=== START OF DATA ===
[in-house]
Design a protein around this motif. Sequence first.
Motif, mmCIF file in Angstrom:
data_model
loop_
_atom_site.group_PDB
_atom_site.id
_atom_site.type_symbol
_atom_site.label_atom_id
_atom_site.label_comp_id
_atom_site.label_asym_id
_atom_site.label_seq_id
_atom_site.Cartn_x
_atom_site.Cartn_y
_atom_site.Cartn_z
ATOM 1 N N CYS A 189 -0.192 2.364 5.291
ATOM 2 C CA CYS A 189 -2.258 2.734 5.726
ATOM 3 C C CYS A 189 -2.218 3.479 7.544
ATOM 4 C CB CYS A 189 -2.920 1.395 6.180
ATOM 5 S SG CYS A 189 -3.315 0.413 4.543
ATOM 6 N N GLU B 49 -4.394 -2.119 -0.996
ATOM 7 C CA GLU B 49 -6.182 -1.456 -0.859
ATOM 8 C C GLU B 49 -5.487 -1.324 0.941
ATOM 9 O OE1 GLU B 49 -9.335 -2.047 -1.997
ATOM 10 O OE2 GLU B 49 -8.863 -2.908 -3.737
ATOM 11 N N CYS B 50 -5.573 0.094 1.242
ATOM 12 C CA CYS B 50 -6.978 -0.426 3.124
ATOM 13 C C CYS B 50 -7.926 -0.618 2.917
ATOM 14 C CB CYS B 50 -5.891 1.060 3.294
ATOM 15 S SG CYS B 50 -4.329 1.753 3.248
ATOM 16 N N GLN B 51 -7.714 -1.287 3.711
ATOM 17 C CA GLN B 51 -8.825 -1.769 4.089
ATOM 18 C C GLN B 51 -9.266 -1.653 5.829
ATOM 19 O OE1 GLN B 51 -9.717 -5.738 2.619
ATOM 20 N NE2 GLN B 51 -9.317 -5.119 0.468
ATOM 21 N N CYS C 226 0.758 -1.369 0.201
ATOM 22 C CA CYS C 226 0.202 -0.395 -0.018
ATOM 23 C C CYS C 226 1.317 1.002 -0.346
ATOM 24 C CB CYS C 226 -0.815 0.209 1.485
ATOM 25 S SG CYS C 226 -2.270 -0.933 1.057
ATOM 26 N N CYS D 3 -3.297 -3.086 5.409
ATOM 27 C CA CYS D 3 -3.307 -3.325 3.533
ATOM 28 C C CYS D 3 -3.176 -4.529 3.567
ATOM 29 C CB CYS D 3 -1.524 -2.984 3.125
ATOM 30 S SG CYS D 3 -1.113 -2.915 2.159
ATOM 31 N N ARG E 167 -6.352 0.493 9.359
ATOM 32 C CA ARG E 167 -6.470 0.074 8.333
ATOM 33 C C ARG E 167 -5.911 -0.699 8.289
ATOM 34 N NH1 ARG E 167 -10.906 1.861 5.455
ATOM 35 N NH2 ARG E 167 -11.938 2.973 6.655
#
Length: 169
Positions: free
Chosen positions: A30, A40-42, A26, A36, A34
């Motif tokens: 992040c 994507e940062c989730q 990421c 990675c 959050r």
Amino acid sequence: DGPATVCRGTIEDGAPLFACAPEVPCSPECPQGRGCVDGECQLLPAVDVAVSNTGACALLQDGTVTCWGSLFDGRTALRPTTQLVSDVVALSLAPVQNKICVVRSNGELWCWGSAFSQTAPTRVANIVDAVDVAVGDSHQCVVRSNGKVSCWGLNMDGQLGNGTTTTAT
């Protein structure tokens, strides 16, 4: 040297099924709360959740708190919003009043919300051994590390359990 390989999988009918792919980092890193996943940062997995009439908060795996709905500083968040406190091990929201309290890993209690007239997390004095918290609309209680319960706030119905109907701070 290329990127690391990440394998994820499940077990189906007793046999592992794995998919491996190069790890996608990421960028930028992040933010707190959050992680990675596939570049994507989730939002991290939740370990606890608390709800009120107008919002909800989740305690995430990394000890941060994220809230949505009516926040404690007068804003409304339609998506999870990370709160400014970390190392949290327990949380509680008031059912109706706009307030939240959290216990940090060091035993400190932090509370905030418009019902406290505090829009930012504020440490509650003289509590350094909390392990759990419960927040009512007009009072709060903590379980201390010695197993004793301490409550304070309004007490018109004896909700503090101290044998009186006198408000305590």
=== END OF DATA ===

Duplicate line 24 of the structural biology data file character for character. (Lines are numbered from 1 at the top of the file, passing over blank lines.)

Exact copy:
ATOM 9 O OE1 GLU B 49 -9.335 -2.047 -1.997